Regardless of the type of calendar you use, here are a few basics of good time management:

  • Put tests, practices, events, meetings, appointments, project due dates, and days off into your calendar as soon as you find out about them–this could be as early as the first week of the semester when you get your syllabus.

  • Once you know when something is due, decide how long it will take to do it. Work backwards and schedule time into your calendar to work on that project or study.

    For example, if your science project is due on May 10th, you could allot one hour each day to work on it, May 1 – 9. Or maybe two hours every two days.

  • Make sure there’s space in your schedule for downtime and fun, too! If need be, block out time to see your friends or just binge that new Netflix show. That way, when someone asks you to help them study on Sunday afternoon, you can tell them you’re busy. Busy watching the new season of Game of Thrones, that is.

2. Balance your studies with life

You know that colleges favor well-rounded applicants–people who volunteer and get good grades, test well and take part in their communities. But balancing your studies and life is about more than just creating a competitive college application.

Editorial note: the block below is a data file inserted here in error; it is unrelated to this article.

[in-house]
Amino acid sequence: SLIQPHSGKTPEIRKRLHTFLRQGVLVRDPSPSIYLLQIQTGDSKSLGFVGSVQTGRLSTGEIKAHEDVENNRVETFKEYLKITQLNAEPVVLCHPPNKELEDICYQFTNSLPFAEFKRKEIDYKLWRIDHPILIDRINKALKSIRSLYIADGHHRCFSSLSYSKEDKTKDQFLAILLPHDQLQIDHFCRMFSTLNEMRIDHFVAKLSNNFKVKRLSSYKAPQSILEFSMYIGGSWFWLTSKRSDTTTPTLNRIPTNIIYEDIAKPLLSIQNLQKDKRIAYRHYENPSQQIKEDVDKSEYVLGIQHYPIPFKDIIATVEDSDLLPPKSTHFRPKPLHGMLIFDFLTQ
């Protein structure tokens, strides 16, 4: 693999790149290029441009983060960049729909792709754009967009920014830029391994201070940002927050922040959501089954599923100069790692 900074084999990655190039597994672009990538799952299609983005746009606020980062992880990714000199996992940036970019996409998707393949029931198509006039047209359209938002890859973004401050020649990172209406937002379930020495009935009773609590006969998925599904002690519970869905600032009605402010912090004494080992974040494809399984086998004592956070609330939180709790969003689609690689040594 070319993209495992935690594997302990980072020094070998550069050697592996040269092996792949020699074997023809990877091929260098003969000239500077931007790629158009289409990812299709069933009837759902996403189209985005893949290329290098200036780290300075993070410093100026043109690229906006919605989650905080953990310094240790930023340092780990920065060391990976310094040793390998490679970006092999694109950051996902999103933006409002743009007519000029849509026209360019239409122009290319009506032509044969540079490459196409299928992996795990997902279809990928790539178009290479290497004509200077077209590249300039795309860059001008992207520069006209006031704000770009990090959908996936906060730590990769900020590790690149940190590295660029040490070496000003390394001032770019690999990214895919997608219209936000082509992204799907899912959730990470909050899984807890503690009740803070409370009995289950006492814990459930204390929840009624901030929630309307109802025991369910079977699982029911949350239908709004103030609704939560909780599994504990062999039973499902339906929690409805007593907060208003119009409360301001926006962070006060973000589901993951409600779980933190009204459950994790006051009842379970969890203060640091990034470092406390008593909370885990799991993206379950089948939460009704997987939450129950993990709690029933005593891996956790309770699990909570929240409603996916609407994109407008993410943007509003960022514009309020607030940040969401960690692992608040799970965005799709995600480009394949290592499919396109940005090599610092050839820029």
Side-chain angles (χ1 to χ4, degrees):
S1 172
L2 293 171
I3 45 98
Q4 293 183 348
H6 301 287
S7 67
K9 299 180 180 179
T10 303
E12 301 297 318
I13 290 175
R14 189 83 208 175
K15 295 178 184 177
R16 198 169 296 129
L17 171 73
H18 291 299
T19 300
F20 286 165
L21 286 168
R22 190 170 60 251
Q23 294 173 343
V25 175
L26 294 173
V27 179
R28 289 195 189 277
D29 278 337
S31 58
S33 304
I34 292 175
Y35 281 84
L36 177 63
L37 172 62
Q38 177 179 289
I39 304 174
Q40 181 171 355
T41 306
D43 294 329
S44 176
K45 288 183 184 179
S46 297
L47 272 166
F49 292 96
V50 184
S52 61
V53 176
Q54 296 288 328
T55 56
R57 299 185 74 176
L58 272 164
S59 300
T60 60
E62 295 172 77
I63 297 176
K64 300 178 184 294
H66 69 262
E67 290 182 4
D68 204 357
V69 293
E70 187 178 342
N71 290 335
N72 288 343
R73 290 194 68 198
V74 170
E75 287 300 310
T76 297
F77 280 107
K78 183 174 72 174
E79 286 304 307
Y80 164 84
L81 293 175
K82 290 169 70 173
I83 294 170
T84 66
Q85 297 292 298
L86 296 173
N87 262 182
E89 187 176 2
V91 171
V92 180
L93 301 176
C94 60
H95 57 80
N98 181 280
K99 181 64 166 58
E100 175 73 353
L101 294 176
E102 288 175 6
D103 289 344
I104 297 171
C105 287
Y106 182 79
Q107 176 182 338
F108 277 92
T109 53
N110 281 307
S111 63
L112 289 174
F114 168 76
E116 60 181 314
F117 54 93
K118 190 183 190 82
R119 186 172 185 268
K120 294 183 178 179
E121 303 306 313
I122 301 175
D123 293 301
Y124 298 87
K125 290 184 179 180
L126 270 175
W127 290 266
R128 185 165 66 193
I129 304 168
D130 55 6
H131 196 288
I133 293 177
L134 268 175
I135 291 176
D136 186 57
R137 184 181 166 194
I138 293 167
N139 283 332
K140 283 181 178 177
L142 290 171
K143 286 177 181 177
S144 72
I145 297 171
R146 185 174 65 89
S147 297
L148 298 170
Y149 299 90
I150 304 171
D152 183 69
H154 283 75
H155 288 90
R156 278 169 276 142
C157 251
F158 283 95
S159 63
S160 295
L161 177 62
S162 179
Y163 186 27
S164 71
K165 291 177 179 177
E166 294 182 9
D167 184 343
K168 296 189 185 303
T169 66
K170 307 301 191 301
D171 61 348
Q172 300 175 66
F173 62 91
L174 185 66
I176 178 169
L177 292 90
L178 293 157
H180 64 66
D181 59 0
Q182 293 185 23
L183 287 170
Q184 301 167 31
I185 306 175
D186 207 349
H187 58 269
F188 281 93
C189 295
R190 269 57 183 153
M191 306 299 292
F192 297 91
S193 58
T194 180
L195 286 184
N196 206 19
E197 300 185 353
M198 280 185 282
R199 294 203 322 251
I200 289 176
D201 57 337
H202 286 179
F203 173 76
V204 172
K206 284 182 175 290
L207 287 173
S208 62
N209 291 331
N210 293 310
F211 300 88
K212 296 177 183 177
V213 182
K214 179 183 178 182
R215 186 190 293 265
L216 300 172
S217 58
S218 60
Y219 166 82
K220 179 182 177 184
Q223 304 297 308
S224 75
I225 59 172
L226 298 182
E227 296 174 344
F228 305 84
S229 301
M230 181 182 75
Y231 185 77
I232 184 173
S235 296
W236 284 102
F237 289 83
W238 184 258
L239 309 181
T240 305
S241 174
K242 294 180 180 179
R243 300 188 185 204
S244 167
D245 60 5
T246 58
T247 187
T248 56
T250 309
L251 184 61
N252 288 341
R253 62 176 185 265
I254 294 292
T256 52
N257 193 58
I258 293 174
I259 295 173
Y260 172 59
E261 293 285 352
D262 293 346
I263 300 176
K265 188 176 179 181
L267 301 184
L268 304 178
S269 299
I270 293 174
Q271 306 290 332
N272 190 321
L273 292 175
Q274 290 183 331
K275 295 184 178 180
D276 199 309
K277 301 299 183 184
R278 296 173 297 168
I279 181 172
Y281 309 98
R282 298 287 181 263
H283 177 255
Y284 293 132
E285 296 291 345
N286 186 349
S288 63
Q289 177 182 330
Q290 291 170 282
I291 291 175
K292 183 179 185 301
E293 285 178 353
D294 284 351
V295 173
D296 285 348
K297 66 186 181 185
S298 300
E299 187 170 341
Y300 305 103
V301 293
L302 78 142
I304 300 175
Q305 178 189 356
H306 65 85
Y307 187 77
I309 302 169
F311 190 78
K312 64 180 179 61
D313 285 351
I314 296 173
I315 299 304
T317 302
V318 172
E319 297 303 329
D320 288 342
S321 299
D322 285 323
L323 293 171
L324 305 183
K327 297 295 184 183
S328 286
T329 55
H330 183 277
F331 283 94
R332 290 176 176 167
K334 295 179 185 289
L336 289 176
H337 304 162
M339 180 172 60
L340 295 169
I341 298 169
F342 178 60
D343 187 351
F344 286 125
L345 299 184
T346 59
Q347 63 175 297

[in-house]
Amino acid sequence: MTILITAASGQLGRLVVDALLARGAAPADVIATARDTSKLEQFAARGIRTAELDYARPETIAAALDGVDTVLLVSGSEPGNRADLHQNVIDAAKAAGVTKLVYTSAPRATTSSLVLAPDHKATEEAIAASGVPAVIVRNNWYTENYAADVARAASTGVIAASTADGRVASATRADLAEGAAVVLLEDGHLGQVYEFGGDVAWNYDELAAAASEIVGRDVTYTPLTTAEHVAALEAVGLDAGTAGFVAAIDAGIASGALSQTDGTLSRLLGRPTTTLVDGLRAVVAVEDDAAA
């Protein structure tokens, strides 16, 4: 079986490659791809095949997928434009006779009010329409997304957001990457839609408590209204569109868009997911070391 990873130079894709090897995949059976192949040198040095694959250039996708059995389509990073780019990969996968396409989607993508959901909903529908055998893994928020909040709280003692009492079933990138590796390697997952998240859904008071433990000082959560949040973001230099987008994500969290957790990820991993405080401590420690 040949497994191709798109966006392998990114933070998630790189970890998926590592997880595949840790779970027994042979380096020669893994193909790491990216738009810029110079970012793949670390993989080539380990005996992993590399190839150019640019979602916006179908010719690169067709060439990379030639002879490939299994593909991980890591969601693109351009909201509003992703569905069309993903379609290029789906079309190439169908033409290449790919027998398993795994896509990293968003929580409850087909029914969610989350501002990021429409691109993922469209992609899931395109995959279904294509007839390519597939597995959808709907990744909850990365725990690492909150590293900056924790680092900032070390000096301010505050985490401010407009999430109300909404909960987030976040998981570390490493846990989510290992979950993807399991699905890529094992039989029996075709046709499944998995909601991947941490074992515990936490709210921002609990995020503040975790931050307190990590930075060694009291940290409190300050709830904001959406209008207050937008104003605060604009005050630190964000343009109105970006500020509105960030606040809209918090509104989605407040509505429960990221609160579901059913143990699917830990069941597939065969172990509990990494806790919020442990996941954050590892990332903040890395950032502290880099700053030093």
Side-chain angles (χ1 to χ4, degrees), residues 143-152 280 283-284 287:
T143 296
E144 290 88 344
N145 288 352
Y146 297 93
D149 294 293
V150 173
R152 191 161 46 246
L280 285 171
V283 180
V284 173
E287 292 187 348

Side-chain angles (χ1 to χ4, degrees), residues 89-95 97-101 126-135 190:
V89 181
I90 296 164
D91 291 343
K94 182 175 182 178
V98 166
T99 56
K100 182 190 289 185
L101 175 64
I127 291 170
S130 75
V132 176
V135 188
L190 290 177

Taking time away from your studies will invigorate you and activate  different parts of your brain. Making art, playing soccer, or just going to a concert will recharge your mental batteries in a way that a 10-minute study break can’t. Participating in life outside of academics also boosts your creativity, increases your emotional intelligence, and helps you strengthen relationships.

And just as importantly–it’s fun.  

Make time to get out of your books and into your life.

3. Get involved with on-campus (AND off-campus!) organizations.

High school is about more than GPAs and SATs; it’s often a place where you form lifelong friendships. And sometimes it’s easier to form those friendships when you see people outside of chemistry class.

Explore a few of your school’s organizations–try the debate club, Ultimate Frisbee, fencing, or student government. If your school doesn’t have any organizations that light your fire, try starting your own. Maybe lots of people would want to play Quidditch if you started a team?

If starting a school organization isn’t your style, explore the groups and organizations your community has to offer. Check out rec league sports, volunteer at the local animal shelter, or sing with your church’s choir.

Here are a few other ways to connect with people in your community:

Meetup.com: A website that allows users to create events and meetup groups in their local community around any topic you can imagine: Pick-up basketball games, book clubs, weekend, painting groups, mobile app developer meetup groups for girls. Have an interest? There’s probably a meetup for it. Don’t see it? Start your own!

Your local community center: You know that building in the park with all the flyers promoting rec league sports, town hall meetings, and litter pick ups? Poke your head in and see if there’s anything on the calendar that appeals to you. It’s a great way to get to know your neighbors.